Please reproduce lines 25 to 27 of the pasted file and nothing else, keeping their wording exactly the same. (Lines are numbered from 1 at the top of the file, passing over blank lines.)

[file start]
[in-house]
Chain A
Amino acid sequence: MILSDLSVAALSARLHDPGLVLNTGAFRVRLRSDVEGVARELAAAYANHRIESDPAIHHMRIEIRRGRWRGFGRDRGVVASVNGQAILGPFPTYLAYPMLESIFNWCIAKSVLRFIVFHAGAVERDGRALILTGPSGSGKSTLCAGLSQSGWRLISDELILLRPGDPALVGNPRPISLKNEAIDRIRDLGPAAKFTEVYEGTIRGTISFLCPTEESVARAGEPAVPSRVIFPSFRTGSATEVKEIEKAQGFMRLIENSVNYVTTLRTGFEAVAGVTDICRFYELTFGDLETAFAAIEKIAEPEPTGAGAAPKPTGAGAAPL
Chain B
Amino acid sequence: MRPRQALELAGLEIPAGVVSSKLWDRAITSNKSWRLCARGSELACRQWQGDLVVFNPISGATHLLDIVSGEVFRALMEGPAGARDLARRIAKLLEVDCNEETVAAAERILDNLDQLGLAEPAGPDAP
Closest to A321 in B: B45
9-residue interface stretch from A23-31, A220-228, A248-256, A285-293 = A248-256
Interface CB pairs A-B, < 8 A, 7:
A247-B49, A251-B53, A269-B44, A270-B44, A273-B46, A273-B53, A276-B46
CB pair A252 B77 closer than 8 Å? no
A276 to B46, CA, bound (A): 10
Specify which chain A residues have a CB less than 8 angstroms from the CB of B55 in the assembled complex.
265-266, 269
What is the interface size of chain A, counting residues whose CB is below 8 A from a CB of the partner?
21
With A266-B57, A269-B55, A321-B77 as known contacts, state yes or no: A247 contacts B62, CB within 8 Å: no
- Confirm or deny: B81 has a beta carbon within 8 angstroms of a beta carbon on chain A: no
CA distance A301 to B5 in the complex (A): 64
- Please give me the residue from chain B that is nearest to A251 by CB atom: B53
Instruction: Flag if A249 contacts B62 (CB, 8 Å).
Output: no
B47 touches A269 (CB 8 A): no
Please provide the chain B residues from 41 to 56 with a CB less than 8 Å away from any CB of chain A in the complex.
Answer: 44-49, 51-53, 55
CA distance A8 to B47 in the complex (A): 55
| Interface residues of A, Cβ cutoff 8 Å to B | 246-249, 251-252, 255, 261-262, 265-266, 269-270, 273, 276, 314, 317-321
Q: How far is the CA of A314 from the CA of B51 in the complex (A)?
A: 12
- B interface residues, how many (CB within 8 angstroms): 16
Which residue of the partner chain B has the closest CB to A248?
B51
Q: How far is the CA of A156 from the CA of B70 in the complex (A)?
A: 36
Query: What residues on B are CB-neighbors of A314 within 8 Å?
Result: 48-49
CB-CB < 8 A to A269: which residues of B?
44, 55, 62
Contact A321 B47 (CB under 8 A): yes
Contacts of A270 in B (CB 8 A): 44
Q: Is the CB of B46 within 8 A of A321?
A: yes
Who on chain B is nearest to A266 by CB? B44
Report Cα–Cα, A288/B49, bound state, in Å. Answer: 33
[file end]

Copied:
CA distance A8 to B47 in the complex (A): 55
| Interface residues of A, Cβ cutoff 8 Å to B | 246-249, 251-252, 255, 261-262, 265-266, 269-270, 273, 276, 314, 317-321
Q: How far is the CA of A314 from the CA of B51 in the complex (A)?